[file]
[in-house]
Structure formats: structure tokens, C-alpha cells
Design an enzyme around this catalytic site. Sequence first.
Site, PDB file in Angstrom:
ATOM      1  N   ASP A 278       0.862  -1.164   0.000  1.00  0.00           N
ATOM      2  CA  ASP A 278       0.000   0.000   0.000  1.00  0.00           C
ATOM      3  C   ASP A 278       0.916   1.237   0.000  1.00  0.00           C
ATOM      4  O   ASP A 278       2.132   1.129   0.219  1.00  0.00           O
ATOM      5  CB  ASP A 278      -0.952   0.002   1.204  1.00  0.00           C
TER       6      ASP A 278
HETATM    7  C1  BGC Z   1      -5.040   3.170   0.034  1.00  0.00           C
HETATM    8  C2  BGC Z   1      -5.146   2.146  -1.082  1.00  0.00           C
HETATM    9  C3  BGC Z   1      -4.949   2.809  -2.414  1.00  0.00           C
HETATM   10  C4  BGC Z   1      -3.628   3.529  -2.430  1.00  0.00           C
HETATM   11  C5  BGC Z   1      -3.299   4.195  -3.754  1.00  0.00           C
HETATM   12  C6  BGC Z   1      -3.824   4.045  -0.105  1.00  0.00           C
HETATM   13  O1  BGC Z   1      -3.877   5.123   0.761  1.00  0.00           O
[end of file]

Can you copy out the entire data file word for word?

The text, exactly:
[in-house]
Structure formats: structure tokens, C-alpha cells
Design an enzyme around this catalytic site. Sequence first.
Site, PDB file in Angstrom:
ATOM      1  N   ASP A 278       0.862  -1.164   0.000  1.00  0.00           N
ATOM      2  CA  ASP A 278       0.000   0.000   0.000  1.00  0.00           C
ATOM      3  C   ASP A 278       0.916   1.237   0.000  1.00  0.00           C
ATOM      4  O   ASP A 278       2.132   1.129   0.219  1.00  0.00           O
ATOM      5  CB  ASP A 278      -0.952   0.002   1.204  1.00  0.00           C
TER       6      ASP A 278
HETATM    7  C1  BGC Z   1      -5.040   3.170   0.034  1.00  0.00           C
HETATM    8  C2  BGC Z   1      -5.146   2.146  -1.082  1.00  0.00           C
HETATM    9  C3  BGC Z   1      -4.949   2.809  -2.414  1.00  0.00           C
HETATM   10  C4  BGC Z   1      -3.628   3.529  -2.430  1.00  0.00           C
HETATM   11  C5  BGC Z   1      -3.299   4.195  -3.754  1.00  0.00           C
HETATM   12  C6  BGC Z   1      -3.824   4.045  -0.105  1.00  0.00           C
HETATM   13  O1  BGC Z   1      -3.877   5.123   0.761  1.00  0.00           O